That’s what U.S. soldiers have died for in Iraq — not WMD, not “democracy-spreading,” not “liberation,” not freedom, not “magnet,” not 9/11, and not the “war on terrorism.” Instead, they have died for Empire — the ouster of Saddam with the aim of installing a regime that is friendly to the U.S. government. (Of course, the aim might turn out to be less successful than hoped, given the installation of a regime that is closing aligning itself with Iran, which U.S. officials say is part of an “axis of evil.” See my article “The Pentagon: Islam’s Newest Department of Defense.”)
Ironically, on June 4, 2003, just a few months before the McClellan press conference, the feds indicted Martha Stewart for lying to a federal bureaucrat. She wasn’t under oath when she supposedly lied, just as McClellan wasn’t under oath when he spoke to those reporters and just as Rove wasn’t under oath when he purportedly answered McClellan’s question.
Since at least one important White House official lied to the American people about something as important as war, a war that has left tens of thousands of innocent people dead or maimed, while Martha Stewart supposedly lied about some stock trade that harmed no one, President Bush should do the right thing, even if it is a bit late, and pardon Stewart. Since it’s not a crime for a federal bureaucrat to lie to the American people, it shouldn’t be a crime for a citizen to lie to a federal bureaucrat.
Saturday, July 16, 2005
We’re now getting another lesson in what happens when a member of the U.S. Empire “goes independent.” The brutal dictator of Uzbekistan, whose military forces have been trained by U.S. imperial forces and which tortures people at U.S. request, is upset because U.S. officials have, as a result of political pressure, criticized the dictator’s brutal crackdown on his own people.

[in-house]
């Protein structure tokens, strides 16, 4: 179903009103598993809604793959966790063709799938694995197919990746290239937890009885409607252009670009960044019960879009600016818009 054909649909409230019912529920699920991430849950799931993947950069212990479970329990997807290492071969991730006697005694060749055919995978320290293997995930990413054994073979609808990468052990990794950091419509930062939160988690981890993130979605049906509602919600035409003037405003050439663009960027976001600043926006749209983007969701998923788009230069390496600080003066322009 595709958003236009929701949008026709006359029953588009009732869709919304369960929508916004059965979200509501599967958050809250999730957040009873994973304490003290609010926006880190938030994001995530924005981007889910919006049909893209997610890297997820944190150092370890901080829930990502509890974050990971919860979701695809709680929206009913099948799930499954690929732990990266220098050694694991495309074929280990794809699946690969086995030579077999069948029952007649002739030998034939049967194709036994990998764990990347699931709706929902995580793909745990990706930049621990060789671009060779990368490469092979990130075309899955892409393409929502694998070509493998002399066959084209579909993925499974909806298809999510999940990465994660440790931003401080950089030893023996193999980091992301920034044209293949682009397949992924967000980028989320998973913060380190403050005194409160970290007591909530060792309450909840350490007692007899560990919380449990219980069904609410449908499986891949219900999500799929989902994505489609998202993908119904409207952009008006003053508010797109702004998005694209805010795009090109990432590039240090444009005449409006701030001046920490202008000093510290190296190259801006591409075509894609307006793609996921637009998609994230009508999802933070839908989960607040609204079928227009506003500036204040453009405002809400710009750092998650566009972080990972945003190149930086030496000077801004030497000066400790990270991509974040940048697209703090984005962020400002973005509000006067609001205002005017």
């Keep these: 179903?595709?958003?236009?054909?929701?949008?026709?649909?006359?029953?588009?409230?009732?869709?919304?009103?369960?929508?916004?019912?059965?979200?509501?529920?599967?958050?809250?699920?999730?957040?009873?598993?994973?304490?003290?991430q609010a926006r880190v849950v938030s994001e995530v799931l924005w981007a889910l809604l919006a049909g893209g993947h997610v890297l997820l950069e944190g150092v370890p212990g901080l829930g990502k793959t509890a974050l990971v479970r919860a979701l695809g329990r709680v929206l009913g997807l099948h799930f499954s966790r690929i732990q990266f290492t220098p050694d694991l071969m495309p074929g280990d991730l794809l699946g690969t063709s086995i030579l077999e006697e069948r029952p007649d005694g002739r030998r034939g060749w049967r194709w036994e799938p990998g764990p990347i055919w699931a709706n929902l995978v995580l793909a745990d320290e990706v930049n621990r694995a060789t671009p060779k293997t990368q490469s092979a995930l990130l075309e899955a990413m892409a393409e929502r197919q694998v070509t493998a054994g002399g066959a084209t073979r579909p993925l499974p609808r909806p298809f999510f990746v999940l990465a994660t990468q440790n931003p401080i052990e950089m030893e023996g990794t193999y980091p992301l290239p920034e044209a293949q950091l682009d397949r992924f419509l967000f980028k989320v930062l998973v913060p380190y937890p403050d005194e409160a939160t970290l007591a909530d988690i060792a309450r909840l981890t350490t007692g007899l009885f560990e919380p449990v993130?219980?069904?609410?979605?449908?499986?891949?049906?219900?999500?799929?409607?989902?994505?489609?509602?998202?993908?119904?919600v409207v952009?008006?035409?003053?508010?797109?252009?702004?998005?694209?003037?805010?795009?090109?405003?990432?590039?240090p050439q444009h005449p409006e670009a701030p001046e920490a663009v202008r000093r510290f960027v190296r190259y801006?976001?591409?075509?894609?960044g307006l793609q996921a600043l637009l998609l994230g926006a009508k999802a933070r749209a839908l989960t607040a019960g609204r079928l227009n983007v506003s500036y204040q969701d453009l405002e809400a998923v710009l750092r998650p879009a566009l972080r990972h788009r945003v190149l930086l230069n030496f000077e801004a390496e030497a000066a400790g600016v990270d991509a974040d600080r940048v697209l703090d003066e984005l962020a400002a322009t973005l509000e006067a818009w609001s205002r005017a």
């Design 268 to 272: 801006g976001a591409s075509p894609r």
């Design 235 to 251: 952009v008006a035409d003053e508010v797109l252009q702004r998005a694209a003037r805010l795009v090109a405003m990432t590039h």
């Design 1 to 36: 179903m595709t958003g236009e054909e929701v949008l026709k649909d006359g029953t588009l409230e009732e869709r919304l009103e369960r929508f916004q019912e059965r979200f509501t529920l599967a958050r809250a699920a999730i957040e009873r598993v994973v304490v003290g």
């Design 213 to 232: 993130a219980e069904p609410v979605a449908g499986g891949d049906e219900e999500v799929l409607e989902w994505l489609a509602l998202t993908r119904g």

Not surprisingly, however, the Empire, is striking back by one of its customary methods: threatening the Uzbek regime with a cutoff of the U.S. foreign-aid welfare dole. The Empire is even lashing out against China and Russia for meddling in U.S. imperial affairs.
Of course, it brings to mind Saddam Hussein, another former Empire team player who discovered the consequences of “going independent” after receiving U.S. “foreign aid,” including those infamous WMD. The Uzbek people had better hope that the Empire does not punish their ruler in the same way that it punished Saddam because if it does, thousands of them will die and be maimed in the process, not to mention having their country destroyed.
Friday, July 15, 2005
In the wake of the terrorist bombings in Great Britain, some British politicians are taking a cue from U.S. politicians by claiming that the attacks have nothing to do with U.S. foreign policy and instead are rooted in anger and hatred for Western “freedom and values,” just as U.S. politicians after 9/11 claimed the same thing.
What’s interesting about these officials, both British and American, however, is that they never say whether, in their opinion, the killings of Iraqis generate anger and hatred independent of the anger and hatred that some foreigners might already have for Western “freedom and values.” When Iraqis are killed by U.S. and British troops or by sanctions, is it considered no big deal by Iraqi families or others within the Middle East? Is losing an Iraqi child or brother or father simply like losing a widget or a machine part — expendable and replaceable? Do people in the Middle East put no value on human life, just as U.S. officials said that the North Vietnamese (or gooks, as they called them) put no value on human life? Is it only Americans and Brits who put a high value on the lives of their loved ones or countrymen? Could that be why the term “collateral damage” is always applied to Iraqis (or Afghans) who are killed but never to Americans or Brits? Is that why the Pentagon’s official policy has always been: Don’t bother counting Iraqi dead? Is it because the lives of Iraqis just don’t count?
Let’s just assume that there are people in the Middle East who hate Western values (just as we can assume that there are people in the United States and Great Britain who hate Muslim values). Let’s even assume that hatred of Western “freedom and values” causes some people to go kill other people (or that hatred of Muslim values causes some Americans to kill Muslims).